Tanzania Inaugurates Sports Stadium
TANZANIA INAUGURATES NEW $56 MILLION DOLLAR STATE-OF-THE-ART SPORTS STADIUM IN DAR ES SALAAM
Focus on Sports Tourism with 2010 Soccer World Cup in Africa
The completion of an ultra-modern, 60,000 capacity sports stadium in Dar es Salaam, Tanzania, part of a new national sports complex, is expected to usher in an exciting and successful new era of sports tourism in Tanzania. The $56 million dollar stadium was funded largely by the government of China. Other facilities in the new national sports complex include the Main Stadium, Warming-up Ground, In-door Stadium, Sports Theater, Olympic Standard Swimming Pool, Sports Village/College and Training Grounds.
Begun two years ago, the stadium is the most spectacular in the region, built to the highest FIFA and Olympic specifications. The latest advanced technology was used in its construction by the Beijing Construction Engineering Group Company. Comfort for spectators and optimal conditions for players were paramount in the stadium’s design and construction.
Timing of the Dar Es Salaam Stadium was predicated to coincide with the 2010 World Cup Tournament to be hosted by the Republic of South Africa. This selection represents the first time that the prized games will be played in Africa. Huge audiences throughout the world follow the World Cup, with sports tourism positively impacting not just the host country but the region. There are daily direct flights from South Africa to Tanzania for those who want to do pre or post game safaris to Tanzania.
“Dar Es Salaam, the commercial capital of East Africa, is an ideal place for this magnificent facility,” comments Hon. Prof. Jumanne Maghembe, Minister of Natural Resources and Tourism. “The city has efficient transport systems and excellent accommodations and dining options. It will provide us with an excellent opportunity to host world sporting events in the future. It will also help our own Tanzanian teams, providing them with a competitive edge in world sports.”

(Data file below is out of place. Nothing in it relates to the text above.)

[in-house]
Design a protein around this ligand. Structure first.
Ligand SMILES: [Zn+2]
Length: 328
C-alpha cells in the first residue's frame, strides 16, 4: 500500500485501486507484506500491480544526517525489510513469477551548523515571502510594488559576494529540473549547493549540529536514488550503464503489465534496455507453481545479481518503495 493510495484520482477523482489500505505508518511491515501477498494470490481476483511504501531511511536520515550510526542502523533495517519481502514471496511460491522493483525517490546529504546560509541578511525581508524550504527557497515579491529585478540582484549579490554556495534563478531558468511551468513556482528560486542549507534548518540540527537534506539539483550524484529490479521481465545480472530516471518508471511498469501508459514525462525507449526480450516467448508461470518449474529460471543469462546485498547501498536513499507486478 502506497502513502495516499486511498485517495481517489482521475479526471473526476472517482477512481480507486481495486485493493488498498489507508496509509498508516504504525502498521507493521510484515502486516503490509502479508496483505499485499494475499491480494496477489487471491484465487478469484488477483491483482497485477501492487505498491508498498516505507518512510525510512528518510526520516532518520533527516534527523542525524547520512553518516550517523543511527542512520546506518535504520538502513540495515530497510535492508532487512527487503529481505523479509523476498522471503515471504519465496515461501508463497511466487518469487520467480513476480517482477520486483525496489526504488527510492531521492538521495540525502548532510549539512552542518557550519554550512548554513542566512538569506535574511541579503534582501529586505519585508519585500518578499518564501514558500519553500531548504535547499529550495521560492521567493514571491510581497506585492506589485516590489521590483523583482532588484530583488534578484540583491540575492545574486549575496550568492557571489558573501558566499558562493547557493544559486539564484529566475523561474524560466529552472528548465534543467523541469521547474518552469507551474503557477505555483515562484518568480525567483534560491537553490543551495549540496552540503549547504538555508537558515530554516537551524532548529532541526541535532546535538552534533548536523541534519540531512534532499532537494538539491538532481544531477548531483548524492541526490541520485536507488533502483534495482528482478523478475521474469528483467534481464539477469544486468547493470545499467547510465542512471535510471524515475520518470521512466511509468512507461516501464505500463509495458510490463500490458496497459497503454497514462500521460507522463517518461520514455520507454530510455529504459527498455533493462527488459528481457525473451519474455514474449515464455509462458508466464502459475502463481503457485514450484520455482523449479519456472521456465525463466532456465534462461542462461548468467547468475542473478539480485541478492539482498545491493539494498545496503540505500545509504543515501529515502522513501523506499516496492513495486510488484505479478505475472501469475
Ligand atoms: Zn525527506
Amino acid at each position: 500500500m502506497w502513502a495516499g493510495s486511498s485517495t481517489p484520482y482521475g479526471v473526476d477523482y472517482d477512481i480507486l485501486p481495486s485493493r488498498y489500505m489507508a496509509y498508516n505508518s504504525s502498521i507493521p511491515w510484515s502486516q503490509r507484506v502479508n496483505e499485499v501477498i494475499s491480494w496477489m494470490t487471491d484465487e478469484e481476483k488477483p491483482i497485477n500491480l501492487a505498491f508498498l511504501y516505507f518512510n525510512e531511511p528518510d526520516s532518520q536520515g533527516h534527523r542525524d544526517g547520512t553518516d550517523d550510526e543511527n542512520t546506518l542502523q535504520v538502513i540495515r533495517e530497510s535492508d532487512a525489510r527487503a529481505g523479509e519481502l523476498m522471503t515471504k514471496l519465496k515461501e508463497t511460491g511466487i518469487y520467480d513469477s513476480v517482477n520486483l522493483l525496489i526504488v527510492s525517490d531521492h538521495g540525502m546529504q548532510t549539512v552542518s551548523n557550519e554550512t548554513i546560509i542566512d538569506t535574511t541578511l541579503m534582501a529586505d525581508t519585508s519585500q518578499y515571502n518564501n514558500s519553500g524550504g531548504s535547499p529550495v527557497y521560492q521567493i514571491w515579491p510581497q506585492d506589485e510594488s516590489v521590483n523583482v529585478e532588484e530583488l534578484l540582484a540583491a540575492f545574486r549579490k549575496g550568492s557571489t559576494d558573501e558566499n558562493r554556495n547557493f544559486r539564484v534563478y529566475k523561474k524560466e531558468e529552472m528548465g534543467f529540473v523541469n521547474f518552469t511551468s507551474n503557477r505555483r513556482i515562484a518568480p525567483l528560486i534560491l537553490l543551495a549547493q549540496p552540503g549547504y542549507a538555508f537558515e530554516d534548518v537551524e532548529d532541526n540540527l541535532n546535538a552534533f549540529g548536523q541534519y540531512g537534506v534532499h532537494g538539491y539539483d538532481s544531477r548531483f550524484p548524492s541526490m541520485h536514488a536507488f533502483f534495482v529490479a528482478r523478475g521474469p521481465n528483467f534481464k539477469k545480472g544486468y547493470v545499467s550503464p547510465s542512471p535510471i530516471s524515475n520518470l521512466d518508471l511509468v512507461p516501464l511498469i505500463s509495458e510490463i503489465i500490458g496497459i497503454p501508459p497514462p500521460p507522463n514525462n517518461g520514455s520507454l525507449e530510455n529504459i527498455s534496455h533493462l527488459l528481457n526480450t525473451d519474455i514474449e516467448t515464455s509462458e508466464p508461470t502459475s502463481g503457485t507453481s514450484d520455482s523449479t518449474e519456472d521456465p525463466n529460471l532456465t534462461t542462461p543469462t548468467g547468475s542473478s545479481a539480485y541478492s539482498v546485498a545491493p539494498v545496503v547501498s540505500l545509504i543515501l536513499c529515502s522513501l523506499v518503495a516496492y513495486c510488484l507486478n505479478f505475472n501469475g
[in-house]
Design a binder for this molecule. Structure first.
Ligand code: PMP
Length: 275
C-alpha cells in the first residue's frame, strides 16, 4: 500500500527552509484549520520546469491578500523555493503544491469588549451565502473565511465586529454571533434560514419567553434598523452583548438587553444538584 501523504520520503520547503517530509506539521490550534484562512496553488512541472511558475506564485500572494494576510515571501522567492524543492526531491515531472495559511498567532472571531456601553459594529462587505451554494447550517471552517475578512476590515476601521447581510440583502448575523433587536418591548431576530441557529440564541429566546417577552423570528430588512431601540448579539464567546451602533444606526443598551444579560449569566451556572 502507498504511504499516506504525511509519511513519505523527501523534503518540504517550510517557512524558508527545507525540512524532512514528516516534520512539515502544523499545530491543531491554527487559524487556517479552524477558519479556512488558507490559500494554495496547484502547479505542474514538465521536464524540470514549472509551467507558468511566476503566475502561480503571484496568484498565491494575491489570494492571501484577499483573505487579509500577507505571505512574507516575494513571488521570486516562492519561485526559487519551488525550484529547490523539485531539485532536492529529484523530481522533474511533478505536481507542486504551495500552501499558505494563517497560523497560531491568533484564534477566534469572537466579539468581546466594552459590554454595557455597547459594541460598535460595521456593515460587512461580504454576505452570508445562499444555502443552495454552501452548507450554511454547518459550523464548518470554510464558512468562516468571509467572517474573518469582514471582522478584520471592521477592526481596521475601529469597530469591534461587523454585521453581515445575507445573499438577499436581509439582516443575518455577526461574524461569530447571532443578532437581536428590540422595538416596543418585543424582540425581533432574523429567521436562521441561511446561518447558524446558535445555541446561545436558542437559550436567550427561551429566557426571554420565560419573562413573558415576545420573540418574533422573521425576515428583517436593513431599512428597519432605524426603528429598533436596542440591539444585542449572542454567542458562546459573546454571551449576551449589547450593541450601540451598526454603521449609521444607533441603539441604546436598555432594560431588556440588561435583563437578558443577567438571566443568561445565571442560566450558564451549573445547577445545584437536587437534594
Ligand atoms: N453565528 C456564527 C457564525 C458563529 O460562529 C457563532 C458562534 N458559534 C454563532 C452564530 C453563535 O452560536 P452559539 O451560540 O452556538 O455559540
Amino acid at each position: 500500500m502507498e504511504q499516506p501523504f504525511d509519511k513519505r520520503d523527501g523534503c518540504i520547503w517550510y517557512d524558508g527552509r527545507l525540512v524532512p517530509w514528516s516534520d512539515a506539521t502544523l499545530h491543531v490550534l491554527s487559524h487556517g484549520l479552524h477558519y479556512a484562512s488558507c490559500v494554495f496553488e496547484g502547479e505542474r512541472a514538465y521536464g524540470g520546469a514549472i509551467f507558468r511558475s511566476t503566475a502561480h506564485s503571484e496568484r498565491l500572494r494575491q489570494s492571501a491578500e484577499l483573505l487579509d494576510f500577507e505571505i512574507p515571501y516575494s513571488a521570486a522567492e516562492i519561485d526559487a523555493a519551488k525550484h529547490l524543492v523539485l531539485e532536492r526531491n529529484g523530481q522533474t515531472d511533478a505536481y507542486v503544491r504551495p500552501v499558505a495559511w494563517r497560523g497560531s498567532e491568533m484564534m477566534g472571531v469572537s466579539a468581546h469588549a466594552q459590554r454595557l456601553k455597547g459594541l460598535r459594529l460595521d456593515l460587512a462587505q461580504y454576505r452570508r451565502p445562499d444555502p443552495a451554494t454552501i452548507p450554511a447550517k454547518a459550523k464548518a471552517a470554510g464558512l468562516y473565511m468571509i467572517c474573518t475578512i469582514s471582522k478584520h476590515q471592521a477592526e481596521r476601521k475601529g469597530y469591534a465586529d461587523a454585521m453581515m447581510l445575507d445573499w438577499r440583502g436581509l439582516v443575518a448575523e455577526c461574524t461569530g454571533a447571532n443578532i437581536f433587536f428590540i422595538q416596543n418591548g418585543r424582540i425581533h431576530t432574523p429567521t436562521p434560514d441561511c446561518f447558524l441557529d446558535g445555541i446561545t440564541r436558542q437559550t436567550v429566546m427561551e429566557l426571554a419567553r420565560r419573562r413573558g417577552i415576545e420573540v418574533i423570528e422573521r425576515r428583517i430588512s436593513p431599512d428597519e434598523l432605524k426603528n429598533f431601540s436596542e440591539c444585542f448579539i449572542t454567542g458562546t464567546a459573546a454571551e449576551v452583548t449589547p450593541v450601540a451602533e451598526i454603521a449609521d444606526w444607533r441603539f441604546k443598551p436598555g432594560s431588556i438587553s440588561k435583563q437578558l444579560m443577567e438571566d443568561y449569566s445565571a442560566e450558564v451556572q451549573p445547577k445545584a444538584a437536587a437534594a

Peter Mwenguo, Managing Director of the Tanzania Tourism Board (TTB), predicts that the opportunities for sports tourism in Tanzania — a safe, friendly and democratic republic — can be monumental. “This year, tourism based on our famed tourist sites such as Mt. Kilimanjaro, the Serengeti, the Ngorongoro Crater, the Selous and the Spice Islands of Zanzibar, is expected to yield about $1 billion dollars to our economy – an increase e of $862 million from last year. With the new sports complex, we expect sports tourism to add significantly to this number in the years to come.”
The stadium’s outstanding features include the roof that extends inward covering uppermost seats. It offers good views without obstructions for fans and it helps to capture the roar of the crowd, heightening the drama and atmosphere in the stands.
There are 114 CCTV cameras fitted around the stadium, a lavish VIP lounge, 600 car parking spaces, public address system, an electronic scoreboard and five main gates.
Seats are numbered with each having enough legroom and there are separate zones for VIPs and members of the press. There are escalators in the VIP lounge to access the highest tiers.
Recently, the concept of Sports Tourism has represented major impetus in economic growth in many countries. More fans are willing and able to travel to see special and interesting games and players, and to visit other sites within the host country.
Tanzania, the largest country in East Africa, is focused on wildlife conservation and sustainable tourism, with approximately 25 % of the land protected by the Government. It boasts 14 National Parks and 34 game reserves. It is the home of the tallest mountain in Africa, the legendary Mt. Kilimanjaro; The Serengeti, named in October, 2006, the New 7th Wonder of the World by USA Today and Good Morning America; the world acclaimed Ngorongoro Crater, often called the 8th Wonder of the World; Olduvai Gorge, the cradle of mankind: the Selous, the world’s largest game reserve; Ruaha, now the largest National Park in East Africa; the spice islands of Zanzibar; and seven world Heritage Sites. Most important for tourism, the Tanzanian people are warm and friendly, speak English, although Kiswahili is the national language, and the country is an oasis of peace and stability with a democratic and stable government.